“I’m a writer.” “I wrote a book.” “I write mystery novels.” No matter how you choose to phrase it, that revelation has some interesting results. In fact, over the past year of being a published author, I’ve learned fascinating things about people. One of the main ones is that about 1 in 3 of them “want to write a book someday.” It’s an unscientific statistic, but the number of times someone has said that to me over the past few months is pretty staggering. Usually, they share their dream, then their idea, and finally the reason it hasn’t happened yet. If there’s time, they’re likely to also ask how I did it.
Today is D-Day as far as my second novel is concerned. I’ve now approved the final proof and cover of The Detective, The Woman, and The Winking Tree, and I have only to wait for the book to reach me prior to its February 13th, 2013 release date. Today seems like a good time to answer the question all these aspiring writers keep asking me.
How DO you write a book?
First of all, there’s certainly no foolproof way that works for everyone, and I’m simply going to share the things that I think go into a successful writing experience. Second, there are no hard and fast rules for writing. For every maxim that seems etched in stone, there’s a successful author waving from a position of cheerful, creative nihilism.
(This is about writing fiction. I haven’t written a full-length nonfiction book, and I’m certainly not qualified to speak on the process.)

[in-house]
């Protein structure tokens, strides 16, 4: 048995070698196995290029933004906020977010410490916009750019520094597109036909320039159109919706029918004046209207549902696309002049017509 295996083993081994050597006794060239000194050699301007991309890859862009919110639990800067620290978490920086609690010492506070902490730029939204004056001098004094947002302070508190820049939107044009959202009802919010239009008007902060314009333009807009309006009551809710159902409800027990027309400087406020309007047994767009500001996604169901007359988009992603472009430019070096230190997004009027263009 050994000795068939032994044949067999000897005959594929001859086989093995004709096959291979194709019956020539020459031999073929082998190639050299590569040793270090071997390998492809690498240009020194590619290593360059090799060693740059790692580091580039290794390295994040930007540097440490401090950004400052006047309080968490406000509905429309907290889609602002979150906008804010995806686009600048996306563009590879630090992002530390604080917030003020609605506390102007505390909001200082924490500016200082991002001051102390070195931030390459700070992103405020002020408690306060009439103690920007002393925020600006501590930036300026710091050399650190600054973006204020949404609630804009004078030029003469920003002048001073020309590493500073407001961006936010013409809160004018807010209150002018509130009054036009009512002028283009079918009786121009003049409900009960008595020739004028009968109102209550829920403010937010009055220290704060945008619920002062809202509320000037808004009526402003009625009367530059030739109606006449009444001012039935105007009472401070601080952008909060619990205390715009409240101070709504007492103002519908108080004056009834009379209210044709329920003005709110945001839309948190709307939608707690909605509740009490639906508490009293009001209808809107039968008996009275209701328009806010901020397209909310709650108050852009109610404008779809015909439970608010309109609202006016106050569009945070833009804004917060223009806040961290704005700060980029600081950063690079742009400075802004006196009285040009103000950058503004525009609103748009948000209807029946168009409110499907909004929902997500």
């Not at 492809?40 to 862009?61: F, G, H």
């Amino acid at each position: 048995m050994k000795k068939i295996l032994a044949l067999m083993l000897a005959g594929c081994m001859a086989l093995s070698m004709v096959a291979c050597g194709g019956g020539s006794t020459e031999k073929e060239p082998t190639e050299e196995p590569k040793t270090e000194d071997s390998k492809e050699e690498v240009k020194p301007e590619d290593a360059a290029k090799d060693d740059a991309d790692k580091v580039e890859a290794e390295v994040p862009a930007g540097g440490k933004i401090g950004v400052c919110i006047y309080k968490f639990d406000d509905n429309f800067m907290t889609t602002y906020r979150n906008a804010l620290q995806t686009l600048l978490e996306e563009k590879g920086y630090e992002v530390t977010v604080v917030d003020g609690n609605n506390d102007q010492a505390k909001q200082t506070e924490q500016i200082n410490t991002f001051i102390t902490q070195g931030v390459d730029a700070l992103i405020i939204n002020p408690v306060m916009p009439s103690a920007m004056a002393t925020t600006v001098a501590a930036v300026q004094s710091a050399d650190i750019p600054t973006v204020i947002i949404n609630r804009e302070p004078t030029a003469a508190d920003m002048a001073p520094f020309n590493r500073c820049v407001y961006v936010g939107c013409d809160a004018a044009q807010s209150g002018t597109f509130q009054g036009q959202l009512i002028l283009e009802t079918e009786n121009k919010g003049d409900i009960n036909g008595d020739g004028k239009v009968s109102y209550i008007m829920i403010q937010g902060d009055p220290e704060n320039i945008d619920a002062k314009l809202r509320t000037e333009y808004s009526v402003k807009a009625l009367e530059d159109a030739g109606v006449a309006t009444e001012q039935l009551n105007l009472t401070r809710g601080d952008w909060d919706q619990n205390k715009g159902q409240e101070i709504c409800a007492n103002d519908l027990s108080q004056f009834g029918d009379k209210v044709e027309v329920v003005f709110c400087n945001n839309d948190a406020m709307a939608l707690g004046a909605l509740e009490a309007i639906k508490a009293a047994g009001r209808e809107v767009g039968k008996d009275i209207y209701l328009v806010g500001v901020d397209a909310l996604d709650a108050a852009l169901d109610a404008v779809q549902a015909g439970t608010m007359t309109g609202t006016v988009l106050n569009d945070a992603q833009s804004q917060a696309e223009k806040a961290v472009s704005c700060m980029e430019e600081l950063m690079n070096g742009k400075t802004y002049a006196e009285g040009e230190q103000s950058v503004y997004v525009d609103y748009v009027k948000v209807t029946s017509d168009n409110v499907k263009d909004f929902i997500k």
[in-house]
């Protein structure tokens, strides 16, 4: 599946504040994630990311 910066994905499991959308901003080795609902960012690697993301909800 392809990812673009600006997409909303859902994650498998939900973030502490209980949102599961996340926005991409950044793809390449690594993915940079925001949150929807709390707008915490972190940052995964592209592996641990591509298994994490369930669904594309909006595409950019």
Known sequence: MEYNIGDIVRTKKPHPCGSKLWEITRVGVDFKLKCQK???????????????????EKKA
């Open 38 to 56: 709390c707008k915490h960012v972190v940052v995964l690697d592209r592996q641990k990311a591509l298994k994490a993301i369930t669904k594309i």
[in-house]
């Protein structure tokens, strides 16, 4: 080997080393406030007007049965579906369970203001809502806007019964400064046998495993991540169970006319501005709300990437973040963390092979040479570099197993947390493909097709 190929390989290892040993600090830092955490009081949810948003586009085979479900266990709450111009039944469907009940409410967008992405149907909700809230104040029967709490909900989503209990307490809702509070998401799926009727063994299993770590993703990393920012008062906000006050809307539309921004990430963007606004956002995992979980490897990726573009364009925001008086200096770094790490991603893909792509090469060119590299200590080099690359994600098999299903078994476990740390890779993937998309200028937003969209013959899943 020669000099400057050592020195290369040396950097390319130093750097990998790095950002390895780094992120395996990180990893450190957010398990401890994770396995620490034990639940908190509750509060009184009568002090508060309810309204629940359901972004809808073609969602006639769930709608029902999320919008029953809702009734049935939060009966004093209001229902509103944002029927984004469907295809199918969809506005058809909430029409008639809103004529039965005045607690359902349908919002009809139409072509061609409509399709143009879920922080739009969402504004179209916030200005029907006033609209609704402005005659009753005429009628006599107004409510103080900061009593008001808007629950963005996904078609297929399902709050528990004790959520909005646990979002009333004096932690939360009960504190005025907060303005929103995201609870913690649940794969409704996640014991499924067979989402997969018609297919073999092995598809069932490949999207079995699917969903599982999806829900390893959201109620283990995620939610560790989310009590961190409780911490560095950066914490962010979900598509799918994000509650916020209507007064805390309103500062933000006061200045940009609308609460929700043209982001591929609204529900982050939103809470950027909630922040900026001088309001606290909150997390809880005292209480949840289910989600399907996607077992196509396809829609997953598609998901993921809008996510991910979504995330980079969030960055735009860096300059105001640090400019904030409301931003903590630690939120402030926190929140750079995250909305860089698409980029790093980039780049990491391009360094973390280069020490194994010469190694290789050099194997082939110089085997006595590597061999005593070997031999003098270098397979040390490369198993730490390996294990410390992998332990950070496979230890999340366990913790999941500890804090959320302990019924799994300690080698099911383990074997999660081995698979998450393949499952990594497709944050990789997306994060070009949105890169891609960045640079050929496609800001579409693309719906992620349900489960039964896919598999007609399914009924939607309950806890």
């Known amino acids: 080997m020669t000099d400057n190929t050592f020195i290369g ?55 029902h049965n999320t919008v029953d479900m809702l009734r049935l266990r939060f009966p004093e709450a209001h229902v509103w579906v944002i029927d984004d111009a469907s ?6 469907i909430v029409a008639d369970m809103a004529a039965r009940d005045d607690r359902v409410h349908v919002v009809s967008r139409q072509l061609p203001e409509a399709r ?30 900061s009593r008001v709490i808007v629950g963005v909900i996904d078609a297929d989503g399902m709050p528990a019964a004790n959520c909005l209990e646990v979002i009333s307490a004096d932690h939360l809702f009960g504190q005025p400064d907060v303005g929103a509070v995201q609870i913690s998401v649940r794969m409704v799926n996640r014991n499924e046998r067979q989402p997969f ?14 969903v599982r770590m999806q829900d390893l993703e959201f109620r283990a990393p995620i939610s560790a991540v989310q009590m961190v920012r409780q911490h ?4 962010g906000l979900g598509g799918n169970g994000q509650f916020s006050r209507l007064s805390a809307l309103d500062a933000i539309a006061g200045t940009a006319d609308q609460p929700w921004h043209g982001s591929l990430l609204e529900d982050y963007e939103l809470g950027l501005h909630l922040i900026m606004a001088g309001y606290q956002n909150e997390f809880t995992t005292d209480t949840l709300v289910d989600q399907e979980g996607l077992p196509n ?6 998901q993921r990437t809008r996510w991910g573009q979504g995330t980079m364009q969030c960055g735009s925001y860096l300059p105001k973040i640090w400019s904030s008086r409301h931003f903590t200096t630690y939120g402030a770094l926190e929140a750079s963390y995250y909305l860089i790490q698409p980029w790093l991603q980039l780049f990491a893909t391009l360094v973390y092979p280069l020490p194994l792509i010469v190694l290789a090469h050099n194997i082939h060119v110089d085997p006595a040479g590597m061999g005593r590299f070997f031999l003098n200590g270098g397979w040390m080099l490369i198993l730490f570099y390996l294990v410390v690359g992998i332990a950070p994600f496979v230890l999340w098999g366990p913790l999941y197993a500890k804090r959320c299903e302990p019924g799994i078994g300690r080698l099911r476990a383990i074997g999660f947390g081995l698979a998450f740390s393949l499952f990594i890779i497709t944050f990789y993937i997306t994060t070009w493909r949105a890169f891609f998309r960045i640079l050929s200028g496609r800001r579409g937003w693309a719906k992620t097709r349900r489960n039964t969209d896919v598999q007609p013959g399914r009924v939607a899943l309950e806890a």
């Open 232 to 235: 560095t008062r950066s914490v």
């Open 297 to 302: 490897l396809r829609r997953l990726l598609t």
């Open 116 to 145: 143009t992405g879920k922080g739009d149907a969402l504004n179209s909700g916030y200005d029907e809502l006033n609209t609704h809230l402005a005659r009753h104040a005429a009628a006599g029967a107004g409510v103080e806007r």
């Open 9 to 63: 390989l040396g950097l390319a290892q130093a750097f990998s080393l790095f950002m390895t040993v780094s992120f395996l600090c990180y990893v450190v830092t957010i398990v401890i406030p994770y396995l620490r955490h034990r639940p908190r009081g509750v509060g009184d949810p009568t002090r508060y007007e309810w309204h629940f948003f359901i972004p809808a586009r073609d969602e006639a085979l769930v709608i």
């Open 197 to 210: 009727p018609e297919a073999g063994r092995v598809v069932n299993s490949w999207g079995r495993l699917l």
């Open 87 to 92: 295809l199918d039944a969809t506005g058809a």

That said, here we go:
1) Have an idea.
Most people who want to write a book already have an idea, of course. That’s usually what is catalyzing them to want to put thoughts on paper. The important thing at this stage is to pick one specific idea and stick with it.
When you start writing, you will have other ideas (plot bunnies) jump around in your head. As lovely and fluffy as they may be, you can’t afford to let them distract you from the one you’ve chosen to pursue. Write them down for later, but don’t let them dominate your thinking.
2) Refine your plan.
This step can be interpreted as broadly as you like. For some, it means detailed outlining of the plot and writing character studies. I, however, am on the other end of the spectrum. I start with a beginning and a general idea for the ending, and that’s it. Either way (or somewhere in between), you need to take some time to physically or mentally tally where you want your idea to take you.
3) Set yourself a deadline.
This may be controversial, but I think it’s very important, especially if you’re trying to write a book for the first time. I wrote my first book in less than a month, and the bulk of my second was written in a similar timeframe. It doesn’t matter if your deadline is a month in advance or a year in advance; just set a goal, some point at which you’re absolutely determined to have a rough draft (even if it’s the roughest draft ever seen by human eyes).
4) Stick to it.